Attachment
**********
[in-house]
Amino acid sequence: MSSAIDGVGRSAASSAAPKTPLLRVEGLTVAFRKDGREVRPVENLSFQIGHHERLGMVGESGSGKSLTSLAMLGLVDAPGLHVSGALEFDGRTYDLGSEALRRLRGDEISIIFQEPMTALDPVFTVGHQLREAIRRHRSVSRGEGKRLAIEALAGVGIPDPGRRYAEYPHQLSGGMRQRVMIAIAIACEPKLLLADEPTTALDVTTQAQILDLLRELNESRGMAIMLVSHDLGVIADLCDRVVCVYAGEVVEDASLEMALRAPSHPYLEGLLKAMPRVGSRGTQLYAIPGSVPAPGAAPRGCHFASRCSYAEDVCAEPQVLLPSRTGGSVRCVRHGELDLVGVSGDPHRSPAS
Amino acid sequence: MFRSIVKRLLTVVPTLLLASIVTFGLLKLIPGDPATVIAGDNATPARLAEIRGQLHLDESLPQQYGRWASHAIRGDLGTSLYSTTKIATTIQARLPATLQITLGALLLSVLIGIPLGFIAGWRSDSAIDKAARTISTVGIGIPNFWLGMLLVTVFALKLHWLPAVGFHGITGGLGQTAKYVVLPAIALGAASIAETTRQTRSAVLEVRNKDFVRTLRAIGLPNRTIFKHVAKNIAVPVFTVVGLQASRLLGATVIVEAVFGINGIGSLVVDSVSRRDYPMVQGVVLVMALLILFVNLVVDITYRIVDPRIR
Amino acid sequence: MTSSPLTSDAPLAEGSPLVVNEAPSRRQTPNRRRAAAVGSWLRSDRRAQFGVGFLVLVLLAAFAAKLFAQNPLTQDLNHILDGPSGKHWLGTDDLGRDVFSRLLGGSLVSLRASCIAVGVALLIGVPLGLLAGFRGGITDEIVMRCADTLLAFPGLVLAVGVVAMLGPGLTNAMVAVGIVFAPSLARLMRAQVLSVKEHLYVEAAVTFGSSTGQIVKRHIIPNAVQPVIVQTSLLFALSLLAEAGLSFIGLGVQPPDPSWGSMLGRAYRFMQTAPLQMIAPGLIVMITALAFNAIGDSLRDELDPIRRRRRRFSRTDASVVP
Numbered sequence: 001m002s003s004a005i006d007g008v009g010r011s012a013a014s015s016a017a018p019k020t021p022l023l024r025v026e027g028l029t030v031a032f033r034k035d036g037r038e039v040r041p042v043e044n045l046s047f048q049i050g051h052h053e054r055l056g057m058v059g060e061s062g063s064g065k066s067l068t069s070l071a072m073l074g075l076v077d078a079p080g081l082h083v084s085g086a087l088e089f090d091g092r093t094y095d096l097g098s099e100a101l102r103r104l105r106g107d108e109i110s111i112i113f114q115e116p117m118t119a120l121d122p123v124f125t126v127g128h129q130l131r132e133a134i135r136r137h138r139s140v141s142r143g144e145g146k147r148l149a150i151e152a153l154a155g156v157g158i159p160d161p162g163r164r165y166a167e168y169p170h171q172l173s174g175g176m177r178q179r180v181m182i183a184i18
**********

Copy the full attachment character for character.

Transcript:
[in-house]
Amino acid sequence: MSSAIDGVGRSAASSAAPKTPLLRVEGLTVAFRKDGREVRPVENLSFQIGHHERLGMVGESGSGKSLTSLAMLGLVDAPGLHVSGALEFDGRTYDLGSEALRRLRGDEISIIFQEPMTALDPVFTVGHQLREAIRRHRSVSRGEGKRLAIEALAGVGIPDPGRRYAEYPHQLSGGMRQRVMIAIAIACEPKLLLADEPTTALDVTTQAQILDLLRELNESRGMAIMLVSHDLGVIADLCDRVVCVYAGEVVEDASLEMALRAPSHPYLEGLLKAMPRVGSRGTQLYAIPGSVPAPGAAPRGCHFASRCSYAEDVCAEPQVLLPSRTGGSVRCVRHGELDLVGVSGDPHRSPAS
Amino acid sequence: MFRSIVKRLLTVVPTLLLASIVTFGLLKLIPGDPATVIAGDNATPARLAEIRGQLHLDESLPQQYGRWASHAIRGDLGTSLYSTTKIATTIQARLPATLQITLGALLLSVLIGIPLGFIAGWRSDSAIDKAARTISTVGIGIPNFWLGMLLVTVFALKLHWLPAVGFHGITGGLGQTAKYVVLPAIALGAASIAETTRQTRSAVLEVRNKDFVRTLRAIGLPNRTIFKHVAKNIAVPVFTVVGLQASRLLGATVIVEAVFGINGIGSLVVDSVSRRDYPMVQGVVLVMALLILFVNLVVDITYRIVDPRIR
Amino acid sequence: MTSSPLTSDAPLAEGSPLVVNEAPSRRQTPNRRRAAAVGSWLRSDRRAQFGVGFLVLVLLAAFAAKLFAQNPLTQDLNHILDGPSGKHWLGTDDLGRDVFSRLLGGSLVSLRASCIAVGVALLIGVPLGLLAGFRGGITDEIVMRCADTLLAFPGLVLAVGVVAMLGPGLTNAMVAVGIVFAPSLARLMRAQVLSVKEHLYVEAAVTFGSSTGQIVKRHIIPNAVQPVIVQTSLLFALSLLAEAGLSFIGLGVQPPDPSWGSMLGRAYRFMQTAPLQMIAPGLIVMITALAFNAIGDSLRDELDPIRRRRRRFSRTDASVVP
Numbered sequence: 001m002s003s004a005i006d007g008v009g010r011s012a013a014s015s016a017a018p019k020t021p022l023l024r025v026e027g028l029t030v031a032f033r034k035d036g037r038e039v040r041p042v043e044n045l046s047f048q049i050g051h052h053e054r055l056g057m058v059g060e061s062g063s064g065k066s067l068t069s070l071a072m073l074g075l076v077d078a079p080g081l082h083v084s085g086a087l088e089f090d091g092r093t094y095d096l097g098s099e100a101l102r103r104l105r106g107d108e109i110s111i112i113f114q115e116p117m118t119a120l121d122p123v124f125t126v127g128h129q130l131r132e133a134i135r136r137h138r139s140v141s142r143g144e145g146k147r148l149a150i151e152a153l154a155g156v157g158i159p160d161p162g163r164r165y166a167e168y169p170h171q172l173s174g175g176m177r178q179r180v181m182i183a184i18